Criminal act can’t be decriminalised just because participants are willing: apostolic churches
New Delhi, 1 March 2012. The All-India Muslim Personal Law Board (AIMPLB) and the Apostolic Churches Alliance have strongly opposed the Delhi High Court’s judgment decriminalising homosexuality between two consenting adults.
At a hearing of a batch of appeals in the Supreme Court on Wednesday, AIMPLB counsel Hufeza Ahmadi said privacy by itself was not a fundamental right, but only a penumbra right; and only certain facets of privacy would fall within the ambit of Article 19 (1) (a) or 21 of the Constitution.
Even if it was conceded that consensual sex between two adults in private came under the right to privacy and dignity, it could be restricted on the principles of morality, decency and health, Mr. Ahmadi told a Bench of Justices G.S. Singhvi and S.J. Mukhopadhaya. In determining morality and decency, regard must be had for the existing social realities based, among other things, on beliefs of all major religious practices. The fact that 76 countries still treated homosexuality as a crime should also be taken into account.
Mr. Ahmadi pointed out that religious texts such as the Koran and the Bible, Arthasastra and Manusmriti condemned homosexuality. Social morality was a relevant factor to adjudge the validity of a law.
‘Centre failed in duty’
He said the state had a constitutional mandate to defend the statute, and by not opposing the High Court judgment, the Centre failed in its duty.
At this juncture, Justice Singhvi remarked: “It is a new phenomenon. The state says we are neutral. He [Additional Solicitor-General Mohan Jain] says he has instructions from the Attorney-General to assist the court.”
Mr. Ahmadi said the High Court had blindly applied western decisions without any basis to the country’s jurisprudence.
Section 377 of the Indian Penal Code did not suffer from the vice of being irrational, nor was it based on intelligible differentia.
Pointing out that consent was irrelevant, he said if criminalisation of a consensual act was a ground to hold a provision invalid, the same basis could be used to validate group sex or adult incest, which was otherwise regarded as an unnatural offence.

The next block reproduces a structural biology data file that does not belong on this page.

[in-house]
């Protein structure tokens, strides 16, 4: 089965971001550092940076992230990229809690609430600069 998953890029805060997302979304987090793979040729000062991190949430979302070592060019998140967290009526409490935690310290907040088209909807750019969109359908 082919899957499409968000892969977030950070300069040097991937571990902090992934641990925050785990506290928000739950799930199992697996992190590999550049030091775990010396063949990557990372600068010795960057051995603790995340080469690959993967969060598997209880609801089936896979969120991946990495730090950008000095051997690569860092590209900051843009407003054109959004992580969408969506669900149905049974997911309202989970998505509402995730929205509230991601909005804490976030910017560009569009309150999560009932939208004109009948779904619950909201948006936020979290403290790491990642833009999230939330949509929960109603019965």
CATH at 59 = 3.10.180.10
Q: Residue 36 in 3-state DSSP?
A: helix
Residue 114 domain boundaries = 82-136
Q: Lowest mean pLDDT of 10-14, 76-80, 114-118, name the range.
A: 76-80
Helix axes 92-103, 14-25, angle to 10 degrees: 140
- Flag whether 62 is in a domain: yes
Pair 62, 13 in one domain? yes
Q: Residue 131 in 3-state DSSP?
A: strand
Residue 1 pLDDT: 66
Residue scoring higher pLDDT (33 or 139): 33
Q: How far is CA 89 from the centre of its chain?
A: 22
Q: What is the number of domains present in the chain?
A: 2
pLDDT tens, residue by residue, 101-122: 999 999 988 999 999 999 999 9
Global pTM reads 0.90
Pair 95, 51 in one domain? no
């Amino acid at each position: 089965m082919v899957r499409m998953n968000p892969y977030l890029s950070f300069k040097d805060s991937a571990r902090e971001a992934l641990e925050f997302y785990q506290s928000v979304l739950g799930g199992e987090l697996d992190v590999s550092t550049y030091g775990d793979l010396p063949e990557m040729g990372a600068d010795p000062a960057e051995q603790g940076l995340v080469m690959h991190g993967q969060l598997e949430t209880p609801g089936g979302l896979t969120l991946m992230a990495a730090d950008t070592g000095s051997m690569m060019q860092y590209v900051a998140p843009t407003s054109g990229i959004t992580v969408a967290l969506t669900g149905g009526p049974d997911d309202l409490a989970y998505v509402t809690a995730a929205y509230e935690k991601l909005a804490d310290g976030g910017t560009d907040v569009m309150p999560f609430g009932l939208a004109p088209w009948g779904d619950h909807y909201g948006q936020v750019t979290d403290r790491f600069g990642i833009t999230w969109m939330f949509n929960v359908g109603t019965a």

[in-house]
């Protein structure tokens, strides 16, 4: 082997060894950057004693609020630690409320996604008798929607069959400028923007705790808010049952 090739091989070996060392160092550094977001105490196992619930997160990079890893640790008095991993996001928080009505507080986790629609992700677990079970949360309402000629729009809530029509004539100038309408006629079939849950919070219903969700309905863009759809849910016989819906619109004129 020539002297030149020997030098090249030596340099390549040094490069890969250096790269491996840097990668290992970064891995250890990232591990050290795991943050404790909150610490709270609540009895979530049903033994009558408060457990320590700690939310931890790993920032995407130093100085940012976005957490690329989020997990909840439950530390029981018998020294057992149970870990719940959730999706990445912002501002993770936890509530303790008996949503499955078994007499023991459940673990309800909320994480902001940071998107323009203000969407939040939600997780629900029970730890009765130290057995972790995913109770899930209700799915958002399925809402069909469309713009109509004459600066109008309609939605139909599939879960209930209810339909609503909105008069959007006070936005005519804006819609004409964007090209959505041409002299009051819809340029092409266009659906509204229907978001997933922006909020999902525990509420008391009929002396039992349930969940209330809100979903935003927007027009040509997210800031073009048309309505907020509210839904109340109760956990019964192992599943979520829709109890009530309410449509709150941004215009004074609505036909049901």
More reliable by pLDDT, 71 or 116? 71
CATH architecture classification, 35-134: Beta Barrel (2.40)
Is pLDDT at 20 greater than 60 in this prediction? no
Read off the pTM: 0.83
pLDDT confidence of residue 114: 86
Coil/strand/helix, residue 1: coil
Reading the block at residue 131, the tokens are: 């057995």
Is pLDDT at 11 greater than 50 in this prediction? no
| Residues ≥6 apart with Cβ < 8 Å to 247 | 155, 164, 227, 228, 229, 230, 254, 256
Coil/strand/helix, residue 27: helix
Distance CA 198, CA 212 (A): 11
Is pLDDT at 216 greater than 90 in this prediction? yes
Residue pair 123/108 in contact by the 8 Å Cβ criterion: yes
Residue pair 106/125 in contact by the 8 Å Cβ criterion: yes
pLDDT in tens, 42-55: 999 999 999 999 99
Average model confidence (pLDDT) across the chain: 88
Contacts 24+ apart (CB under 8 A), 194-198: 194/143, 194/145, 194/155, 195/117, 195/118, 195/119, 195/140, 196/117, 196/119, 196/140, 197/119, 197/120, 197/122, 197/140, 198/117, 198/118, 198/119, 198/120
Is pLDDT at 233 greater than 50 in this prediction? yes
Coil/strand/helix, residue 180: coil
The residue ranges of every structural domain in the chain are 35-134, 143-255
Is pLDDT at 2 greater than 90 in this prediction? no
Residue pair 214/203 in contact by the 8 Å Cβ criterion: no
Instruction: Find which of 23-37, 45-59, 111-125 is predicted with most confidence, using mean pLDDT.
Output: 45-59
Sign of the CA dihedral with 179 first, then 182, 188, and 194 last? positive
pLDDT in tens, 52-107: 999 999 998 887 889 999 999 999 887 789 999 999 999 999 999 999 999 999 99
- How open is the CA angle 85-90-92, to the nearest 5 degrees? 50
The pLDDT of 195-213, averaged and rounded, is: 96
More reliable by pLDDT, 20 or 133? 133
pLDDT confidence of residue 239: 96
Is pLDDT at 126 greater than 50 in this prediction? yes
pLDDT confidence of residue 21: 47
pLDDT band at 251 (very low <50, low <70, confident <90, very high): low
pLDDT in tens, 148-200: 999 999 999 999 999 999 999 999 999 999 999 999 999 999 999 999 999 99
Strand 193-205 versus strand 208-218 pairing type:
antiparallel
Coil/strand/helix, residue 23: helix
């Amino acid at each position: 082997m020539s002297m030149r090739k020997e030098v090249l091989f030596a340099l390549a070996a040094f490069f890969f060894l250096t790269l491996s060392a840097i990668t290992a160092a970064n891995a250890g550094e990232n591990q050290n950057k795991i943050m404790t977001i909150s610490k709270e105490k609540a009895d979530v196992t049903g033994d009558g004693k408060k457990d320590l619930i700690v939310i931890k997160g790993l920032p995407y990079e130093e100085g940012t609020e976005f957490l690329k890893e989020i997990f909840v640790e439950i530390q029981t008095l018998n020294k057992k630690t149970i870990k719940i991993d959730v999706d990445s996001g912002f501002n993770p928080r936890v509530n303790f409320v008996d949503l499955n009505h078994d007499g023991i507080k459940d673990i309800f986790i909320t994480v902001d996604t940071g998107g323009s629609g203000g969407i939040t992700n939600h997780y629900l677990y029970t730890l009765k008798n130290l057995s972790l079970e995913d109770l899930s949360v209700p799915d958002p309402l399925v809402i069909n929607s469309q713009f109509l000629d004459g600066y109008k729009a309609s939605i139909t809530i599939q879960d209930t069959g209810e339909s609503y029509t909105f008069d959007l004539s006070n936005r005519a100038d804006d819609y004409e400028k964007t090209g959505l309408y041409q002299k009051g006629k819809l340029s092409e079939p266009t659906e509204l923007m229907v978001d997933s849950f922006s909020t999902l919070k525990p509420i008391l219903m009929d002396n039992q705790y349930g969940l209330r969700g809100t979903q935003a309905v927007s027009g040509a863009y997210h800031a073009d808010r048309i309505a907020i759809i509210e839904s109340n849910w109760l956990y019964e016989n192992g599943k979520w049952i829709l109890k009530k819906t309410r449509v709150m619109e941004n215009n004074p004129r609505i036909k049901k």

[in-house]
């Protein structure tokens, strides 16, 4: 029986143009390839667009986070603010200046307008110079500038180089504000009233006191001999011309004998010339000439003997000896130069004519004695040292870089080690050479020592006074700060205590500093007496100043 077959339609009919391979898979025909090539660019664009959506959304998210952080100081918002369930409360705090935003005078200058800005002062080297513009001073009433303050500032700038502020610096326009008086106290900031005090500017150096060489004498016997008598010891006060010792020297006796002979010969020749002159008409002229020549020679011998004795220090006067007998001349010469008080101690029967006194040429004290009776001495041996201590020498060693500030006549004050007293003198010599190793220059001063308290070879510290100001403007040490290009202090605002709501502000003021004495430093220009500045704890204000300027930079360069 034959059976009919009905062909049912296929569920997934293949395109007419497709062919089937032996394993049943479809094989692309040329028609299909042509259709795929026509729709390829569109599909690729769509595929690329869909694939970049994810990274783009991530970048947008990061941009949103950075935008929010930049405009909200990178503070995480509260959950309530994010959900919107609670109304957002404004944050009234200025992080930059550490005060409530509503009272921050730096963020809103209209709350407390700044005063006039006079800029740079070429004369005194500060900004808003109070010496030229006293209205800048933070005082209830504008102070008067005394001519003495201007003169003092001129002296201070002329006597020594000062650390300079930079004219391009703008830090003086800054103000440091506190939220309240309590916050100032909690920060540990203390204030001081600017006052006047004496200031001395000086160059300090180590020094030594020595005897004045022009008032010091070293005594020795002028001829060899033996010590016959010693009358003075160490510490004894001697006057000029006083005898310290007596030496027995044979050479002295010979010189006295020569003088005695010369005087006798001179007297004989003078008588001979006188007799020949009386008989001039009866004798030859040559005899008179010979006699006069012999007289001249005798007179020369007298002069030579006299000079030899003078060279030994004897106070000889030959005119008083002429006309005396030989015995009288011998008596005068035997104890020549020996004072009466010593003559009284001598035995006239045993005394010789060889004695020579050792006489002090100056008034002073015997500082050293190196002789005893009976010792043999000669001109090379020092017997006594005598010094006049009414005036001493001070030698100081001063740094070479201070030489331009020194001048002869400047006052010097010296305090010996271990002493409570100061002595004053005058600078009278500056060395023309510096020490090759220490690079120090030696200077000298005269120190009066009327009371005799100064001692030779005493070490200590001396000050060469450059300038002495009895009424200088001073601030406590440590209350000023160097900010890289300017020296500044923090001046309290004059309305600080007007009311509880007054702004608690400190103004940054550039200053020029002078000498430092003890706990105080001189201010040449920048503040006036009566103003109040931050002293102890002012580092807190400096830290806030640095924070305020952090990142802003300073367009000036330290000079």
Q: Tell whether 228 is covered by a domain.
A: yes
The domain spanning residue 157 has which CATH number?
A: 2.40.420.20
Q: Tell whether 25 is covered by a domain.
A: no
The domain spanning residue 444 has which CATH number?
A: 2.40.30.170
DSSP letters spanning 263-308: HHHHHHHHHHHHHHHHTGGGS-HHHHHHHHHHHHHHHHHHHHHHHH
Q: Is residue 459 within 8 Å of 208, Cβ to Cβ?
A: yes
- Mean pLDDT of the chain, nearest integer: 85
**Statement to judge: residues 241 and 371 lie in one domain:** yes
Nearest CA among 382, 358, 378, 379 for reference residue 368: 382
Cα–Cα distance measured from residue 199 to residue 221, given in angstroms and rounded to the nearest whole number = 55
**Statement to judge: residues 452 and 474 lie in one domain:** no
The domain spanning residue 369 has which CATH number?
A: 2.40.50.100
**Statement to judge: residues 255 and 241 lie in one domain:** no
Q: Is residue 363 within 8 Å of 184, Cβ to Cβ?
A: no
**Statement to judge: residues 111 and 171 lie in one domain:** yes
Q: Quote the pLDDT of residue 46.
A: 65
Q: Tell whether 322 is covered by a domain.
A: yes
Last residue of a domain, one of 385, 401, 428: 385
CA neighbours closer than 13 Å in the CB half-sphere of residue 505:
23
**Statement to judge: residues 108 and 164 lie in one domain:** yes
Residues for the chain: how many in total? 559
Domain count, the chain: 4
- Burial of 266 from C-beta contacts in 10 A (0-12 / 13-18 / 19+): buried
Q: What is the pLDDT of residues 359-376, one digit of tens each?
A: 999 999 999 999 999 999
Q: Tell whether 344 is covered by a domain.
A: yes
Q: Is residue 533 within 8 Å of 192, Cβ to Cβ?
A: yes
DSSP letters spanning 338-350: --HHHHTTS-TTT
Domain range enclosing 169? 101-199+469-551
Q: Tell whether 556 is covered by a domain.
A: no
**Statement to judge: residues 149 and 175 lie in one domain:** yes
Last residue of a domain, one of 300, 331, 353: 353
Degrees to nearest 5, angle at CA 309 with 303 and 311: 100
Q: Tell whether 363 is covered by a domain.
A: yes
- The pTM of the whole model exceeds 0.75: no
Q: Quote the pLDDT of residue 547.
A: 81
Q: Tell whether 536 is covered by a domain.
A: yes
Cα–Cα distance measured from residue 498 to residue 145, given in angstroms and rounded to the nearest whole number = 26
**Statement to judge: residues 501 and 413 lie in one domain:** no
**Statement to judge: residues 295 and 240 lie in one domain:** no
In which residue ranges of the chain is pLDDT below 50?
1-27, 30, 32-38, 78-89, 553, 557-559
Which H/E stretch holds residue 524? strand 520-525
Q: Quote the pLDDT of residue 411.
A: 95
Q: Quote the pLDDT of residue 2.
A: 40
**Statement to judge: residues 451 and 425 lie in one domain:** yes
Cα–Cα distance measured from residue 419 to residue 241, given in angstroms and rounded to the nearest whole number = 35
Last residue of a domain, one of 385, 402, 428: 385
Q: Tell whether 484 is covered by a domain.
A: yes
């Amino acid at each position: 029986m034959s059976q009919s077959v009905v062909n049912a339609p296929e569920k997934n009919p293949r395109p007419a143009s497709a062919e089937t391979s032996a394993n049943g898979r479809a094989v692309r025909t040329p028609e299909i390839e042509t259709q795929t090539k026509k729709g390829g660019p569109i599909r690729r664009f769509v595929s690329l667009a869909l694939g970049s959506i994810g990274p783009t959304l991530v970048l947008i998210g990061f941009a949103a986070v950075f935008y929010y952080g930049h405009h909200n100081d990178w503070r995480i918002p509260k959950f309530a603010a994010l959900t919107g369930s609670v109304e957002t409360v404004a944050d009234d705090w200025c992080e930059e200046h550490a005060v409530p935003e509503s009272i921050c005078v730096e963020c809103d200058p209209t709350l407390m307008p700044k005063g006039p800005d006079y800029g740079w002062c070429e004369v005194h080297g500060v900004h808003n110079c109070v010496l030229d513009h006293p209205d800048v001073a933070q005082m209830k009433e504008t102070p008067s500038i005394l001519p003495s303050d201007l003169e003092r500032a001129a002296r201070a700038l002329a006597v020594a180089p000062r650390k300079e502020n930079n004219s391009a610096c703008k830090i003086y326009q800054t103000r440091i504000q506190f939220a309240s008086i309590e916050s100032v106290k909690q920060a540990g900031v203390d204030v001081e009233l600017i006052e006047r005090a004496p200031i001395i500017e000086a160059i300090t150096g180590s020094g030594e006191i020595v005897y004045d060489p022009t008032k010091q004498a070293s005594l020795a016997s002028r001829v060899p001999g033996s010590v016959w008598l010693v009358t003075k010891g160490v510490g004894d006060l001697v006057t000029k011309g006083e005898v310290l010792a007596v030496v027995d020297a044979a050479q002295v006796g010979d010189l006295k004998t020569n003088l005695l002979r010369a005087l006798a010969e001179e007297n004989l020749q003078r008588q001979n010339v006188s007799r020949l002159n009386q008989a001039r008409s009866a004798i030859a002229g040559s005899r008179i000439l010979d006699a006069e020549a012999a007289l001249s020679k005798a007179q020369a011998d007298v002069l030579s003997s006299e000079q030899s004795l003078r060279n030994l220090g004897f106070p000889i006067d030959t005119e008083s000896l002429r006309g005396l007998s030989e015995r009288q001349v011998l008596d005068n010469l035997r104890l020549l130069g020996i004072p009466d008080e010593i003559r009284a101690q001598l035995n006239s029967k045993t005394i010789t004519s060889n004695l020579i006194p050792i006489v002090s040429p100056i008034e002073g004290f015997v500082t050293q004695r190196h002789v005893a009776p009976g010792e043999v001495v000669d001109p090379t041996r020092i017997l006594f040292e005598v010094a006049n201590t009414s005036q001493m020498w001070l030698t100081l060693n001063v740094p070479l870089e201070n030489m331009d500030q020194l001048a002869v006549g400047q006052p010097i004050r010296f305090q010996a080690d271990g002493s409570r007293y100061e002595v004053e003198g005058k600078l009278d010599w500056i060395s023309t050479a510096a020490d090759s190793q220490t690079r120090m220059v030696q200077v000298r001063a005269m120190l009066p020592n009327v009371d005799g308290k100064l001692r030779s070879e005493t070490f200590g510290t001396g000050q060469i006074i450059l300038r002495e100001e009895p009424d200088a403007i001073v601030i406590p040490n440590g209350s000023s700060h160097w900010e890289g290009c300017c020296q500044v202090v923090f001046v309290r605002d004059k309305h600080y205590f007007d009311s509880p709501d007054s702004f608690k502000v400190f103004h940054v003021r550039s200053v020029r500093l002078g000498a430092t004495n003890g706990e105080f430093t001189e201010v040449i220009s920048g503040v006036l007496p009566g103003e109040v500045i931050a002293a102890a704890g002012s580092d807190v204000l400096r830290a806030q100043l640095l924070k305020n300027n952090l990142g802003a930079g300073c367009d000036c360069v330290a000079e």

Appearing for the Apostolic Churches Alliance, senior counsel V. Giri said IPC 377 “does not by itself bring about a classification of individuals as homosexuals, heterosexuals and bisexuals. It only criminalises sexual acts which are against the order of nature.”
He said: “The High Court committed an error in proceeding on the premise that every person has a sexual orientation which is immutable and that the same is part of the right of privacy of the individual concerned, and therefore it also forms part of the right to life under Article 21. There is no material to conclude that unnatural sex, as defined in Section 377, is indulged in only by homosexuals, and that such persons have a natural disability to indulge in normal sexual relations.”
The High Court’s finding that if two individuals indulged in unnatural sex with mutual consent the act could not be considered criminal was untenable. “A criminal act cannot be decriminalised only because the participants do so willingly. The reliance placed by the High Court on the Yogyakarta principles — which were formulated by self-appointed experts who support a liberal approach to sex among persons of the same gender — was clearly misconceived. The High Court has erred in declaring Section 377 unconstitutional; at best, it could have made a recommendation to the government to restructure Section 377 and nothing more.”
Senior counsel K. Radhakrishnan, appearing for Trust God Ministries, intervener, pleaded for retention of Section 377 without any dilution, arguing that it was absolutely necessary for protection of the constitutional concepts of equality, right to life and liberty, decency and dignity, public order and morality, and the country’s integrity. “The rights to life, liberty and privacy are no licence to lead an illegal life, to indulge in immoral activities and to flout the cherished constitutional concepts and duties.”
The hunt for pleasure, he said, would result in young India being corrupted, and there would be a horrendous future in store for the country. Foreign practices could not be dumped in India. “It is as good as stirring up a hornet’s nest.” Arguments will continue on Thursday.
The Bench has asked Mr. Mohan Jain to produce files on NGOs engaged in prevention of HIV/AIDS mentioned on the National AIDS Control Organisation’s website.